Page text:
Date of Award

2019

Degree Type

Thesis

Degree Name

Master of Science (MS)

Department

Biology

Abstract

Non-native crayfishes, mollusks, and macrophytes can have large impacts on biodiversity and damage ecosystem services in freshwaters. In 2015 we discovered an established population of the globally widespread invader red swamp crayfish (Procambarus clarkii) in the North Shore Channel of the Chicago Area Waterway System. This population overlaps with a population of rusty crayfish (Faxonius rusticus), a previous invader that is widely distributed and usually the dominant crayfish species across the Great Lakes region. I studied the interactions between these two species while directly competing over shelter and food. In the field, each species was studied to determine the rate of predation in a channel with murky water, and a harbor with clear water. This overlapping population was discovered while sampling for crayfish species throughout the Chicago region. Crayfish are poorly sampled in the Great Lakes Region, leaving large gaps in knowledge of native and non-native crayfish distribution. I examined the role that artificial habitat and anthropogenic changes have on crayfish distribution and created an and updated distribution of crayfishes in the Chicago region. I also studied the relationship between the arrangement of anthropogenic habitat to non-burrowing mollusks and macrophytes. The density and species composition were compared between habitat types. I aimed to study the role that human habitats play in the distribution of non-native and native crayfish, mollusks, and macrophytes.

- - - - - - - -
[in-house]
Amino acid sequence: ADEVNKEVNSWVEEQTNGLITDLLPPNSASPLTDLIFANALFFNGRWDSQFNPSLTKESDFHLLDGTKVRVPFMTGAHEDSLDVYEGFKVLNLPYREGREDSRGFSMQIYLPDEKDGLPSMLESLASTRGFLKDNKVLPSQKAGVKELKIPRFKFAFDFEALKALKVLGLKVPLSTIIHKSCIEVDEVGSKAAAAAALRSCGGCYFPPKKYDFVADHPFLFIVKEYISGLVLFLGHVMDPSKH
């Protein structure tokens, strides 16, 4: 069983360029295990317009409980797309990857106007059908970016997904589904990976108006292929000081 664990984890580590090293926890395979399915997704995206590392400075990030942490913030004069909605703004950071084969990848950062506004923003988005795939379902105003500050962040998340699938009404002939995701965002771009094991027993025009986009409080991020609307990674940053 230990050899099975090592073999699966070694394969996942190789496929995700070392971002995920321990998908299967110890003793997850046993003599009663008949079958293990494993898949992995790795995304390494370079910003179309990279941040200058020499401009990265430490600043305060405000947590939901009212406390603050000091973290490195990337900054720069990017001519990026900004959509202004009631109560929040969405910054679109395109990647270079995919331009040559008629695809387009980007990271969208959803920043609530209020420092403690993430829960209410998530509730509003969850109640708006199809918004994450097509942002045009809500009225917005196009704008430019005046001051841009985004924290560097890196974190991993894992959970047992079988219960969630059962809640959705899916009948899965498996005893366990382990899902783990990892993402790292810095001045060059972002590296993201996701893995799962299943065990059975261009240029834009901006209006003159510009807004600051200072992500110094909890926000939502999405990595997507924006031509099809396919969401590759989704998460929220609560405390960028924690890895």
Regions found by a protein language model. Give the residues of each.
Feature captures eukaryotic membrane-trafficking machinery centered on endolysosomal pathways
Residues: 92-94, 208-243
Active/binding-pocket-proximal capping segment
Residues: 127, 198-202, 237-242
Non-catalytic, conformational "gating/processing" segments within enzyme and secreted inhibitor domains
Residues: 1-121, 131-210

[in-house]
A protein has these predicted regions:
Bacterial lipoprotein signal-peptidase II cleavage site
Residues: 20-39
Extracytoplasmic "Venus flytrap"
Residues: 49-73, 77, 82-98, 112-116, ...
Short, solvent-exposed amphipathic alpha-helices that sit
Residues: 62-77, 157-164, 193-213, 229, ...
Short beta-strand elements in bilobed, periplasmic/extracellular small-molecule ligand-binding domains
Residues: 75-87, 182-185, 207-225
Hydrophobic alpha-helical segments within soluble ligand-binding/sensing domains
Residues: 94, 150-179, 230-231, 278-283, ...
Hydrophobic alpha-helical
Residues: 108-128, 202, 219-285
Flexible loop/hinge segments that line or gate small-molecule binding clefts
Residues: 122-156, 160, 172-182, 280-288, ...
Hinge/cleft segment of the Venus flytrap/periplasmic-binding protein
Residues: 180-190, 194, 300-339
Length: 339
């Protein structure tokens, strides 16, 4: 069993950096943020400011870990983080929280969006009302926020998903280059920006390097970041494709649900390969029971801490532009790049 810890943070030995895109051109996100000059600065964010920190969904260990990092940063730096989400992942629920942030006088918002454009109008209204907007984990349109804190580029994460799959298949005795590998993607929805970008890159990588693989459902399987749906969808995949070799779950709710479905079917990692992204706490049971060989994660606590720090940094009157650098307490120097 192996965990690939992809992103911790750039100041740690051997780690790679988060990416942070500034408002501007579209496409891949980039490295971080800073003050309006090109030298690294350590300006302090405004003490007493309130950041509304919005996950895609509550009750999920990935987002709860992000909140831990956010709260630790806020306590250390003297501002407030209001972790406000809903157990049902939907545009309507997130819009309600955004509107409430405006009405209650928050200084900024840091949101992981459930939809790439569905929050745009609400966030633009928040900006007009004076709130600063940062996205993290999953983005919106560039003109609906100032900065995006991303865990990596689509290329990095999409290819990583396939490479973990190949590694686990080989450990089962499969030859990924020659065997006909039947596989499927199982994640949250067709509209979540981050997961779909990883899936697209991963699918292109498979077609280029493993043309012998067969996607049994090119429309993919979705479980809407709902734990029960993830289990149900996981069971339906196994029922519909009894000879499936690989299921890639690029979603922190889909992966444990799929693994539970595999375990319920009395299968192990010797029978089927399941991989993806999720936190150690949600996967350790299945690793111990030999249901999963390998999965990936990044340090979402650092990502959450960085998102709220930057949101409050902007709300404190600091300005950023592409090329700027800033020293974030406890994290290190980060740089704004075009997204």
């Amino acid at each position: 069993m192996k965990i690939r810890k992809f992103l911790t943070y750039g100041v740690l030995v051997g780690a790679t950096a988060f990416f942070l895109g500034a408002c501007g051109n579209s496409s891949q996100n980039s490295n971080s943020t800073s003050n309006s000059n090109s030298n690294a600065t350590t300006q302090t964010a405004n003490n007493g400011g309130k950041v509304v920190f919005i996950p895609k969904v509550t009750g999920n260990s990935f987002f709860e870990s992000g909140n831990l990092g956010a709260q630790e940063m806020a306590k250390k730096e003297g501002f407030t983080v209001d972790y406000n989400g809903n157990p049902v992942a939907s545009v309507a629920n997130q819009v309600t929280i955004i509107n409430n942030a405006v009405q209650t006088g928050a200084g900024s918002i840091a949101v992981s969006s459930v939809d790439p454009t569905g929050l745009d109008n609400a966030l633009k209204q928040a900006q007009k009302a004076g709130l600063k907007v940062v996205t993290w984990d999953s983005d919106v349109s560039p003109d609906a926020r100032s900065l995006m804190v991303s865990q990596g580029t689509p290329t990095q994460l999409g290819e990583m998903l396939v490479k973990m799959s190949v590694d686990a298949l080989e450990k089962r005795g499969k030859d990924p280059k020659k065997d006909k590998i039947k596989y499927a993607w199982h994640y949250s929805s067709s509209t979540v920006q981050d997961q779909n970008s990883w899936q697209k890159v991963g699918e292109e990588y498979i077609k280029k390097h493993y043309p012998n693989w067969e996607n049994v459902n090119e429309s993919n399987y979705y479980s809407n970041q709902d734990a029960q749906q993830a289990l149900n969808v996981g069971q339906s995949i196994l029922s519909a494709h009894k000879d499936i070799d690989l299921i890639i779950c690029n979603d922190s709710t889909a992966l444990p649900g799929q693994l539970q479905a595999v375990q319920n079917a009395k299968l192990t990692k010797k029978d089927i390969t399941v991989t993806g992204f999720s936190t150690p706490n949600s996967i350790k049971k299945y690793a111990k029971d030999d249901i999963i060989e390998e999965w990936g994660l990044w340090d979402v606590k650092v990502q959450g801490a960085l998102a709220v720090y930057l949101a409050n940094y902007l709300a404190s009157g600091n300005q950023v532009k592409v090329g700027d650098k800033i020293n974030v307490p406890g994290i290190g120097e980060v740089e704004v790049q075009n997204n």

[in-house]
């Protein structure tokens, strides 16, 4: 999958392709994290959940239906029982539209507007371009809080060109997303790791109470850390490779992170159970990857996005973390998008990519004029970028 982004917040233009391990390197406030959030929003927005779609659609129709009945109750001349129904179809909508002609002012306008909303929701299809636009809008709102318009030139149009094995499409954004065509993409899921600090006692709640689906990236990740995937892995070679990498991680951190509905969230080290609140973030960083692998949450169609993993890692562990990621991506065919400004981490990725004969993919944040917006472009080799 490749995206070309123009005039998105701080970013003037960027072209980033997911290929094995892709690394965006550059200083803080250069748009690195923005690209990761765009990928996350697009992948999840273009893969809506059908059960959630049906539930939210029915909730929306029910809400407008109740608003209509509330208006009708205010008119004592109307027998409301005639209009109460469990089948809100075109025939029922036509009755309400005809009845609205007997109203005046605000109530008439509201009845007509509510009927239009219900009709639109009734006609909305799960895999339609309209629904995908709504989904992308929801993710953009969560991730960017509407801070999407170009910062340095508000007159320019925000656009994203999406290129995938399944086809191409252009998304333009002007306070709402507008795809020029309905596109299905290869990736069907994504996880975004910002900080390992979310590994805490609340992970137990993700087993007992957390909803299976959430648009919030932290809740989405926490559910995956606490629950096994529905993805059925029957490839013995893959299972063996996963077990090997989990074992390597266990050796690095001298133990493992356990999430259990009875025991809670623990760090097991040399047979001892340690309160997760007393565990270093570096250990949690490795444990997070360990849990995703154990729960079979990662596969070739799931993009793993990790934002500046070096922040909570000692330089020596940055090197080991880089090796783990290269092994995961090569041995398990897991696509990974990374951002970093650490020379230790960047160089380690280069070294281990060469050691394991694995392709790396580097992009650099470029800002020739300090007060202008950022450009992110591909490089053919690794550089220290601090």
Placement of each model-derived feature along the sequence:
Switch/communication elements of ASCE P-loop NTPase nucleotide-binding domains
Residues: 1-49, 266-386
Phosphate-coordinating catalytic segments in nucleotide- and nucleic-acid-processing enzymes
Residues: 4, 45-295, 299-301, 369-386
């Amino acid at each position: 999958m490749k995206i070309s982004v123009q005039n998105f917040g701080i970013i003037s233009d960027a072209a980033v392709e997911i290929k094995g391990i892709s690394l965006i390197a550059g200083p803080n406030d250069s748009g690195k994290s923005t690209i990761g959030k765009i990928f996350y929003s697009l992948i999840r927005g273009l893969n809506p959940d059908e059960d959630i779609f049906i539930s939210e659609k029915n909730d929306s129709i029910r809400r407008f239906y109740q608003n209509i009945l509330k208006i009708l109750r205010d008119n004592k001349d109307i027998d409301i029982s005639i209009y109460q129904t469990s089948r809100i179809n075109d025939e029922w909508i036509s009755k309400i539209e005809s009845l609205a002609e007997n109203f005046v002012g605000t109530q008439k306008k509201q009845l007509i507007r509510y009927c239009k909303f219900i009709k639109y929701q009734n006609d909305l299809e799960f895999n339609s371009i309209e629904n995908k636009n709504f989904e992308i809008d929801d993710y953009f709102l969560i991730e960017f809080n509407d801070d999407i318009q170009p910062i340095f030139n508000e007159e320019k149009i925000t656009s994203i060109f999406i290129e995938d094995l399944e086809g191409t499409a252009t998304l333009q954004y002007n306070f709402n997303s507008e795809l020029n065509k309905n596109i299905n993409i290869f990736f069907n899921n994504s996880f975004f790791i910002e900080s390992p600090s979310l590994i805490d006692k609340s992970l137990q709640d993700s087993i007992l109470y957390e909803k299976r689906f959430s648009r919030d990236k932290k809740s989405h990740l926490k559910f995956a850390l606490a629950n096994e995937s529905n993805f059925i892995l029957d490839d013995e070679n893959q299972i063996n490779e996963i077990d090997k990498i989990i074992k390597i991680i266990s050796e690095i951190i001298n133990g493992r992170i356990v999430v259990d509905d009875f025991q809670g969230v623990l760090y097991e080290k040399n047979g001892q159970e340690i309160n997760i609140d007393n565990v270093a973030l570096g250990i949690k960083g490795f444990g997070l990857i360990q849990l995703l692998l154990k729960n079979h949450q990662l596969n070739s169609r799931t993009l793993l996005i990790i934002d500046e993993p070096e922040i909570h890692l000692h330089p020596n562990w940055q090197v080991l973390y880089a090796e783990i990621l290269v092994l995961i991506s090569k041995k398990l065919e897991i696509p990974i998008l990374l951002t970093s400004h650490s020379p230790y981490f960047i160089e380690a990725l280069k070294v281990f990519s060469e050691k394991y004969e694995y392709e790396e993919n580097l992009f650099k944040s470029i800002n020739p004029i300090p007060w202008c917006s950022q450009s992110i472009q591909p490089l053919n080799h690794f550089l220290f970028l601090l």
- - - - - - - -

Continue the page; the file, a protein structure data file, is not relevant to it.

Creative Commons License

Creative Commons License
This work is licensed under a Creative Commons Attribution-Noncommercial-No Derivative Works 3.0 License.

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